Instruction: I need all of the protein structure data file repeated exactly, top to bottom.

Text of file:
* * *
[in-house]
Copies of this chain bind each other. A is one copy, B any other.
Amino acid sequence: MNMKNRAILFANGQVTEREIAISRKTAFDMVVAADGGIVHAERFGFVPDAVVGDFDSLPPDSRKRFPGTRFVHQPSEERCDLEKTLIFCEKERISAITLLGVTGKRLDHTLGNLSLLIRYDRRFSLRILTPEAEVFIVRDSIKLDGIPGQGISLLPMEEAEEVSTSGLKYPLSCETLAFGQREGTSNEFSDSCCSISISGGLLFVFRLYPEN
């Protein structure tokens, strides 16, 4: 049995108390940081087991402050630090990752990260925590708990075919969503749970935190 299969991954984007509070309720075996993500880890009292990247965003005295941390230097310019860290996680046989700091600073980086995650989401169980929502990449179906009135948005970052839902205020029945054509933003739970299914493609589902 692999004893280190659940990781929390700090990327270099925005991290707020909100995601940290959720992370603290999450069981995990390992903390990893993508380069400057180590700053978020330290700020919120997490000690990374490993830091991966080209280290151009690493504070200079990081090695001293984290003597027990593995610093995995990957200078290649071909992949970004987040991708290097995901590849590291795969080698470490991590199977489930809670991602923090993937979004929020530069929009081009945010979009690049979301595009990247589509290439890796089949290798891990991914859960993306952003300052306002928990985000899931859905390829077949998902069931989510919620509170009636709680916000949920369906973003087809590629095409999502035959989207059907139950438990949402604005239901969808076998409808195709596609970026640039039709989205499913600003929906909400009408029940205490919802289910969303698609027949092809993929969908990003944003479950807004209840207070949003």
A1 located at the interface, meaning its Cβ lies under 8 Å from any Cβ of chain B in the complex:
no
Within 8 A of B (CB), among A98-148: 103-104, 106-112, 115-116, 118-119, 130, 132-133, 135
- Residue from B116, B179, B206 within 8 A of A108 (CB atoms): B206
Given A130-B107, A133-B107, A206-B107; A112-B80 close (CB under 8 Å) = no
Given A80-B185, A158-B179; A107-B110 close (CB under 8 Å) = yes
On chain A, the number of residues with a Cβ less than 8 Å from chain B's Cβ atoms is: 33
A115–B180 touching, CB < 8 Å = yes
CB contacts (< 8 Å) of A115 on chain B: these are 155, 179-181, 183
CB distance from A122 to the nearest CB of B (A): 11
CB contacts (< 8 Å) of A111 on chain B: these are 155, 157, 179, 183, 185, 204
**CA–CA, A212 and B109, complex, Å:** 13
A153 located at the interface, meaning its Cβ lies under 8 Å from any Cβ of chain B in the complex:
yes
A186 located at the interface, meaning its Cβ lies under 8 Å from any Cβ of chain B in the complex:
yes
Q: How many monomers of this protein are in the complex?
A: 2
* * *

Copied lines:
[in-house]
Copies of this chain bind each other. A is one copy, B any other.
Amino acid sequence: MNMKNRAILFANGQVTEREIAISRKTAFDMVVAADGGIVHAERFGFVPDAVVGDFDSLPPDSRKRFPGTRFVHQPSEERCDLEKTLIFCEKERISAITLLGVTGKRLDHTLGNLSLLIRYDRRFSLRILTPEAEVFIVRDSIKLDGIPGQGISLLPMEEAEEVSTSGLKYPLSCETLAFGQREGTSNEFSDSCCSISISGGLLFVFRLYPEN
């Protein structure tokens, strides 16, 4: 049995108390940081087991402050630090990752990260925590708990075919969503749970935190 299969991954984007509070309720075996993500880890009292990247965003005295941390230097310019860290996680046989700091600073980086995650989401169980929502990449179906009135948005970052839902205020029945054509933003739970299914493609589902 692999004893280190659940990781929390700090990327270099925005991290707020909100995601940290959720992370603290999450069981995990390992903390990893993508380069400057180590700053978020330290700020919120997490000690990374490993830091991966080209280290151009690493504070200079990081090695001293984290003597027990593995610093995995990957200078290649071909992949970004987040991708290097995901590849590291795969080698470490991590199977489930809670991602923090993937979004929020530069929009081009945010979009690049979301595009990247589509290439890796089949290798891990991914859960993306952003300052306002928990985000899931859905390829077949998902069931989510919620509170009636709680916000949920369906973003087809590629095409999502035959989207059907139950438990949402604005239901969808076998409808195709596609970026640039039709989205499913600003929906909400009408029940205490919802289910969303698609027949092809993929969908990003944003479950807004209840207070949003």
A1 located at the interface, meaning its Cβ lies under 8 Å from any Cβ of chain B in the complex:
no
Within 8 A of B (CB), among A98-148: 103-104, 106-112, 115-116, 118-119, 130, 132-133, 135
- Residue from B116, B179, B206 within 8 A of A108 (CB atoms): B206
Given A130-B107, A133-B107, A206-B107; A112-B80 close (CB under 8 Å) = no
Given A80-B185, A158-B179; A107-B110 close (CB under 8 Å) = yes
On chain A, the number of residues with a Cβ less than 8 Å from chain B's Cβ atoms is: 33
A115–B180 touching, CB < 8 Å = yes
CB contacts (< 8 Å) of A115 on chain B: these are 155, 179-181, 183
CB distance from A122 to the nearest CB of B (A): 11
CB contacts (< 8 Å) of A111 on chain B: these are 155, 157, 179, 183, 185, 204
**CA–CA, A212 and B109, complex, Å:** 13
A153 located at the interface, meaning its Cβ lies under 8 Å from any Cβ of chain B in the complex:
yes
A186 located at the interface, meaning its Cβ lies under 8 Å from any Cβ of chain B in the complex:
yes
Q: How many monomers of this protein are in the complex?
A: 2